Free writing is a time-honored writing exercise useful for writers and artists of all kinds: fiction, non-fiction, poetry, visual artists, designers, dancers, directors, actors…It’s a good way to jumpstart creativity and loosen up if you’re feeling creatively constipated. The names I’ve heard in connection with this technique are English professor Peter Elbow and authors Julia Cameron and Natalie Goldberg, but in my research I discovered writer/editor Dorothea Brande and learned that Jack Kerouac and William Butler Yeats are well-known for using free writing techniques.
Author and online writing instructor Holly Lisle published a good essay on free writing (excellent “how-to”) that includes a list of topics you can use as springboards:
I decided to do the exercise from the point-of-view of one of my fictional characters. I chose Dr. Doug Ellison, the main character in “Tooth and Nail” (part of a soon-to-be released story collection called Startling Figures.)
Here’s what I came up with:
timed freewriting – topic — the past
POV: Dr. Doug Ellison (my fictional character)
(myself/historical figure/other real person/my fictional character/other fictional character)
When I think about the past, I mostly get confused, because I don’t have a great memory for things. My brother Dave remembers our childhood a lot better than I do. And as for my own kids’ childhoods — they’re a blur. The other day Lyndsey got out some old photos because she wanted to put them into albums, and there were pictures where we were like, “Which kid is that?” Blonde, blue-eyed. They all look the same as babies. The clothing helps determine boy versus girl, but other than that they all look the same. It was really funny trying to figure it out. Eventually we figured it out based on the carpet, because we worked out that we had the old carpet — the real-estate beige — with Pete and Keith, and then changed it to the dark blue sometime before Gussie was born. I think. Might have been before Roxanne. How are you supposed to keep the past clear in your mind when you spend so much of your life doing the same thing over and over again? It’s really hard here in California because the weather doesn’t change enough to mark the seasons clearly. When I was growing up in Indiana we had four distinct seasons, and you could remember things by remembering that there was snow outside when that happened, or the leaves hadn’t been raked yet and I have a clear picture in my mind of what our front yard looked like when such and such a thing happened.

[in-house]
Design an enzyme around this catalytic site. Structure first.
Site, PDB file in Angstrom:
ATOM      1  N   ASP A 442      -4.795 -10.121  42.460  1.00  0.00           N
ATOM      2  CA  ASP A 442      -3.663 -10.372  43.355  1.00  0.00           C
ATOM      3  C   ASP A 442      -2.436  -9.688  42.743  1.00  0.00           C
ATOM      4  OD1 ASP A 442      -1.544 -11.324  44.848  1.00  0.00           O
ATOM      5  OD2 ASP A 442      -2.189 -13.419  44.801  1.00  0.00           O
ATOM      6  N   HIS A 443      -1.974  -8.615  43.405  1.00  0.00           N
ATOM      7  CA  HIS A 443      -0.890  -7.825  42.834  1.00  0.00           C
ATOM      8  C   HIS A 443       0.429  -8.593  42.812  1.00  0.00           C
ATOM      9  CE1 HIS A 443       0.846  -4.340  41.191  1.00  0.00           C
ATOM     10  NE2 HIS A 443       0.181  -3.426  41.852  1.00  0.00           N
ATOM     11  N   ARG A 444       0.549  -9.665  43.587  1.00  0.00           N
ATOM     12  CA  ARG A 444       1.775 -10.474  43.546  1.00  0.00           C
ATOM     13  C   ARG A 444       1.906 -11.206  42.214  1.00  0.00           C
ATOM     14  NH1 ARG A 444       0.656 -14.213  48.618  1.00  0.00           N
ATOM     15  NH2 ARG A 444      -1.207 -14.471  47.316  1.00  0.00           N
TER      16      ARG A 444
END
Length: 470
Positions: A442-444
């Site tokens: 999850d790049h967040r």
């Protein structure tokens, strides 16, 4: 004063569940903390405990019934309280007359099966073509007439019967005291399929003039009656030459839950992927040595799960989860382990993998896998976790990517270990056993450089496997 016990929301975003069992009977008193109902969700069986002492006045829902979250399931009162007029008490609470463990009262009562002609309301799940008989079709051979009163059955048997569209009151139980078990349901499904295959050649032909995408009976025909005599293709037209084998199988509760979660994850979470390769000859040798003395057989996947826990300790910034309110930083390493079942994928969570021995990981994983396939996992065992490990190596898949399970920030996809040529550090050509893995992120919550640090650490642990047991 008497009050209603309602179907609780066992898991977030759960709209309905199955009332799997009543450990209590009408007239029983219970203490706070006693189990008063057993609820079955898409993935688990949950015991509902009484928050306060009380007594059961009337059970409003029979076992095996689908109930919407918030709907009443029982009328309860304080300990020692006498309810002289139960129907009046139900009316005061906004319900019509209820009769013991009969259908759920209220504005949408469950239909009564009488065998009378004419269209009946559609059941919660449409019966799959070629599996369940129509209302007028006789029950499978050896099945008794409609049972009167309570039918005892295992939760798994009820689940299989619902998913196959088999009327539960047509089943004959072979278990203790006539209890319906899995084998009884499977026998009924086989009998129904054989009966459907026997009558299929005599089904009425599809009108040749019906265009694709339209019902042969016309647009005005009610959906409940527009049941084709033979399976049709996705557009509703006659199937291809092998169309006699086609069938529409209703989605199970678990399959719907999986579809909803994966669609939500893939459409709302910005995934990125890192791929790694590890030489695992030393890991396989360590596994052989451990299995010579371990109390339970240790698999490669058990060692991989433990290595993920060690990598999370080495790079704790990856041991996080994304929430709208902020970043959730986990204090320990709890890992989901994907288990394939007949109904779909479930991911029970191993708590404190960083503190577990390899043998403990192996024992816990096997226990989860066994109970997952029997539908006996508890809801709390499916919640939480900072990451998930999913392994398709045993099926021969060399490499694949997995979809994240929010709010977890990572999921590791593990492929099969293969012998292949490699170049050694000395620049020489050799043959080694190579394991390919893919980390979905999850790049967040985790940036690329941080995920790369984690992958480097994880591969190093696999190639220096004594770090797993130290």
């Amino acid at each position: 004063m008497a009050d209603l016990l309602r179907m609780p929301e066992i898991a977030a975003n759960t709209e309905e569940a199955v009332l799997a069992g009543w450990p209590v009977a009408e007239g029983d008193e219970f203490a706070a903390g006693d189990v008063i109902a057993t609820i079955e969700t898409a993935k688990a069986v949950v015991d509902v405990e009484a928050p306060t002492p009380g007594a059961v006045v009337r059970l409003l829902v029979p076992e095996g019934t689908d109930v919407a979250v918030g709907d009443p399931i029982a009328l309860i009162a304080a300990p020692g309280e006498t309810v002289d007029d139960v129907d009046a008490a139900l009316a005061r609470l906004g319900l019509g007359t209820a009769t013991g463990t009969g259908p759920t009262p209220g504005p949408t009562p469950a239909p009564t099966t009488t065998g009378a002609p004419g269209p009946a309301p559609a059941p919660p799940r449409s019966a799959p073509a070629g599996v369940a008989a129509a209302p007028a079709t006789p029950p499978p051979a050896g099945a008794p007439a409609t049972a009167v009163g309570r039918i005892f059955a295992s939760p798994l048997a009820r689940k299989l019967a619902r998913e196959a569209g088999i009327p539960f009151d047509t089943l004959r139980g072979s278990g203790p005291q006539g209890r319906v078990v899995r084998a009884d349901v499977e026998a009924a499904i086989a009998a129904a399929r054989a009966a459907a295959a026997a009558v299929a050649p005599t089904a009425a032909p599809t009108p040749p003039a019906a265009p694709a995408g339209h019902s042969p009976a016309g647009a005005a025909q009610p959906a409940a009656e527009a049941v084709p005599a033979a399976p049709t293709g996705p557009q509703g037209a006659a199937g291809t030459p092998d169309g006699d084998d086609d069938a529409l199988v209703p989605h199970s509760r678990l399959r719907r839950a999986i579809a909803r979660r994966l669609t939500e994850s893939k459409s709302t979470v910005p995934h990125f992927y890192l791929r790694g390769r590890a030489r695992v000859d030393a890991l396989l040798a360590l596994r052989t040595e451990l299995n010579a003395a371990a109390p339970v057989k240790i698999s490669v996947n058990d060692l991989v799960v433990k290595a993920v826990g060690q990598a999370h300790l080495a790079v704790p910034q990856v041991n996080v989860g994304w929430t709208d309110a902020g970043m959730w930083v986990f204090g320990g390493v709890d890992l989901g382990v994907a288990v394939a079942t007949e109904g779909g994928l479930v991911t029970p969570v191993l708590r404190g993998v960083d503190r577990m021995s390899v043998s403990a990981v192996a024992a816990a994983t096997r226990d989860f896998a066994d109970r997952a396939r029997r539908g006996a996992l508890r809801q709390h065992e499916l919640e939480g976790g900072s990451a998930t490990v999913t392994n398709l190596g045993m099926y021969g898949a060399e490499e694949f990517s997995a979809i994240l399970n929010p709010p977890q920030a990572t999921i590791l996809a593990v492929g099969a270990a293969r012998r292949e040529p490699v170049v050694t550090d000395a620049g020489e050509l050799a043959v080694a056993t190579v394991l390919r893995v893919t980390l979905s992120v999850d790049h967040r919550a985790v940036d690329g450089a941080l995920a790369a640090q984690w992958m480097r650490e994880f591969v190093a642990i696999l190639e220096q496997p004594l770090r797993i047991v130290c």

Recent past is something I wouldn’t mind forgetting. That thing with Jack Emery’s dog Tex was terrible. I swear I had a mild case of post-traumatic stress disorder after that. I scared Lyndsey half to death a couple times at night, sitting bolt upright in bed with a shout.
Like all free writing, it’s pretty raw (i.e. bad) but free writing’s purpose is not to deftly craft brilliant prose. The point is to free up the mind, unstopper it, unblock it, stretch it out, limber it up. I’ve been busy lately (binge reading every genre of popular fiction for a class I’m teaching) and I’ve been out of the writing habit, so writing the above piece reminded me of sitting cross-legged on the floor for an hour and then getting up and trying to walk normally. (Youngsters, go ahead and laugh: when you’re 48 years old you’ll understand!)
Still, in 10 minutes I came up with 305 words. Not too bad: 250 words is one typed, double-spaced page.
For more info on this topic
- the piece by Holly Lisle (linked above but here it is again: “Timed Writing Workshop — Freeing Up the Subconscious Mind”)
- Natalie Goldberg’s classic book on writing: Writing Down the Bones
- Julia Cameron’s book on creativity: The Artist’s Way
- the Wikipedia entry on free writing has some other links and references you could follow (on Jack Kerouac, Peter Elbow, William Butler Yeats, etc).